Perhaps this is the best way to legally consider dolphins. They have approximately the same rights as human children, until any one of them decides to ask for more.
Rules of thumb regarding treatment of immature or disabled humans is not at all appropriate.
Now, will dolphins ever communicate their desire to achieve greater legal consideration? Not unless we put some more effort into researching communication with dolphins (and even then, I strongly suspect not). Not really a problem though I think.
You miss my point. It's not a requirement for any individual, but it IS a requirement for members of a species in general. Most humans are functioning members of society. The ones that aren't, whether it's temporary or permanent are protected implicitly and explicitly through social contract and the laws we've created.
No dolphin will ever be a functioning member of our society, thus dolphins are not part of society, thus dolphins do not take on the responsibilities of being in a relationship with humans, thus dolphins are not entitled to parallel status.
Is it? Considering we have never before in recorded history extended such consideration to another species, it seems unlikely that there are existing standards we can look to.
There are many things you can observe "most" humans doing, but that does not mean those things are all prerequisites for special legal and ethical consideration.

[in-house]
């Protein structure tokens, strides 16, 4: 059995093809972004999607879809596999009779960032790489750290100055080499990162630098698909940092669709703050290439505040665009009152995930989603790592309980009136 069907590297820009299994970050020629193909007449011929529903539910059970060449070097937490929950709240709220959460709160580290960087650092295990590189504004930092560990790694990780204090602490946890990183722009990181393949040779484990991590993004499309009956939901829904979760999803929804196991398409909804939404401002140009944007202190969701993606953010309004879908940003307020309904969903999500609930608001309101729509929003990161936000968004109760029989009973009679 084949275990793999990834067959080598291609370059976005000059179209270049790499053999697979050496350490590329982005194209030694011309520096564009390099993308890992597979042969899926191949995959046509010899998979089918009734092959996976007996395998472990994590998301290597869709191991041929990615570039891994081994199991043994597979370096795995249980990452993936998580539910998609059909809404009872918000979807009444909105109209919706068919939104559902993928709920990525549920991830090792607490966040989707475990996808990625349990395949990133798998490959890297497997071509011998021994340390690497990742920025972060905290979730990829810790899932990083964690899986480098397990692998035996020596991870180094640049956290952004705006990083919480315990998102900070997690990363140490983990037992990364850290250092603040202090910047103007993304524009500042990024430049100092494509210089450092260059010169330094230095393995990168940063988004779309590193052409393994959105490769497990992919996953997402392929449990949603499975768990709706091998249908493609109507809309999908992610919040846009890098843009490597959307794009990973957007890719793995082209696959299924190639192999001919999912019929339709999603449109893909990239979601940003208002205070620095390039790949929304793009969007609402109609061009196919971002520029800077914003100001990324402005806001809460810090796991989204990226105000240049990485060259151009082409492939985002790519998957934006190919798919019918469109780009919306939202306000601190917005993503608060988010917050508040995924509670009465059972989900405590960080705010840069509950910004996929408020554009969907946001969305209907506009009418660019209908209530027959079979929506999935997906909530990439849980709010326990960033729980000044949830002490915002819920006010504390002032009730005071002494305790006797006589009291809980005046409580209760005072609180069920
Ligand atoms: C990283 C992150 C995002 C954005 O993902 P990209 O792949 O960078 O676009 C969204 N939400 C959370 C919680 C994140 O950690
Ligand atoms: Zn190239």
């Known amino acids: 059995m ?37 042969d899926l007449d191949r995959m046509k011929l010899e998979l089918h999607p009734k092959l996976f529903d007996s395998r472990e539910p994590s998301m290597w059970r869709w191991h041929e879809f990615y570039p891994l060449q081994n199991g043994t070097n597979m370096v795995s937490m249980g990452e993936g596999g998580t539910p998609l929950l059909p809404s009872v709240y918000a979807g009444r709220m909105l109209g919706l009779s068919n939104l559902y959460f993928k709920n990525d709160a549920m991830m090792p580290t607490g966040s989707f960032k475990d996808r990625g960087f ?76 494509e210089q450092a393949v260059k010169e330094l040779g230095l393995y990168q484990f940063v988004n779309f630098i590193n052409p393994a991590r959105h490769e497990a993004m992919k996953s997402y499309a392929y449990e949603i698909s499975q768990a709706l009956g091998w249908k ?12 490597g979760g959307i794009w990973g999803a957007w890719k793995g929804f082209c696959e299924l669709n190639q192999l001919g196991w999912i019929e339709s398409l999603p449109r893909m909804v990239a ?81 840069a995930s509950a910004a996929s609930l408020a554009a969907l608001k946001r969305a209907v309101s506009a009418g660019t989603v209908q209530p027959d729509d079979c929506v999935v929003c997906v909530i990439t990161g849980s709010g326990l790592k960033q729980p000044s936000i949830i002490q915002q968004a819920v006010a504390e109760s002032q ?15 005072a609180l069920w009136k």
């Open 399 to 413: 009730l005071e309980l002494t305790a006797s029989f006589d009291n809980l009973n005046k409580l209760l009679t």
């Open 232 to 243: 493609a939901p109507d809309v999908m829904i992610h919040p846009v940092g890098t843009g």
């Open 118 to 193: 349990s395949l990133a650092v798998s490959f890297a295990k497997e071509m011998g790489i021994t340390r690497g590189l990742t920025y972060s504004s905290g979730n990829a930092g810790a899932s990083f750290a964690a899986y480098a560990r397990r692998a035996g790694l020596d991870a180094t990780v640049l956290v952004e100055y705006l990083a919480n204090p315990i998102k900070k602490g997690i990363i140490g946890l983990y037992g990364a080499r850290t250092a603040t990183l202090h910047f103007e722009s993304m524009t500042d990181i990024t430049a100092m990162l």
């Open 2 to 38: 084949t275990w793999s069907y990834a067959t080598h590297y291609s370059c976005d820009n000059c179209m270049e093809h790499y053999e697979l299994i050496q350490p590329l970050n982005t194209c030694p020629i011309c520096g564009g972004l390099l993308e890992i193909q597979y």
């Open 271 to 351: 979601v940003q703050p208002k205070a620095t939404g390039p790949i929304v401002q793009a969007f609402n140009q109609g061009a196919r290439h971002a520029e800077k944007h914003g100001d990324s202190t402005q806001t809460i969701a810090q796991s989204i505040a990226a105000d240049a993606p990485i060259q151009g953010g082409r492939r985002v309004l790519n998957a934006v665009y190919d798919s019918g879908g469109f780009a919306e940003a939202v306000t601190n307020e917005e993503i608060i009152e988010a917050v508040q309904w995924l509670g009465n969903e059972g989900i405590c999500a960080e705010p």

How can you possibly make that sort of generalization when there is only one species that is commonly accepted as having rights?
We can do whatever we want. We can give citizenship rights to gummy bears because they look like real bears and bears have two arms and two legs just like people. It would be illogical and counterproductive to any real advancement for society, though.
Exhibiting some rudimentary social behaviors doesn't qualify as accepting the responsibilities along with the rights accorded with status.
What does that even mean?
Participates in one.
We are proposing a re-definition.
That's not in the least what I'm suggesting.
Dolphins cannot participate in our society by agreement. They don't understand what participating is. They're captured or born in captivity and then trained to perform a few tricks. They are beautiful and fascinating, but they have no contributions to make to the fiber of our society that can't be made by other animals, machines, or even simple objects.
They are able to do nothing further. Giving them a new status is just semantics. They are fundamentally not functioning members of our society. Not individually. Not as a species.
Poor people don't contribute to our fiber of society in a way that can't be replaced by machines, said Mitt Romney.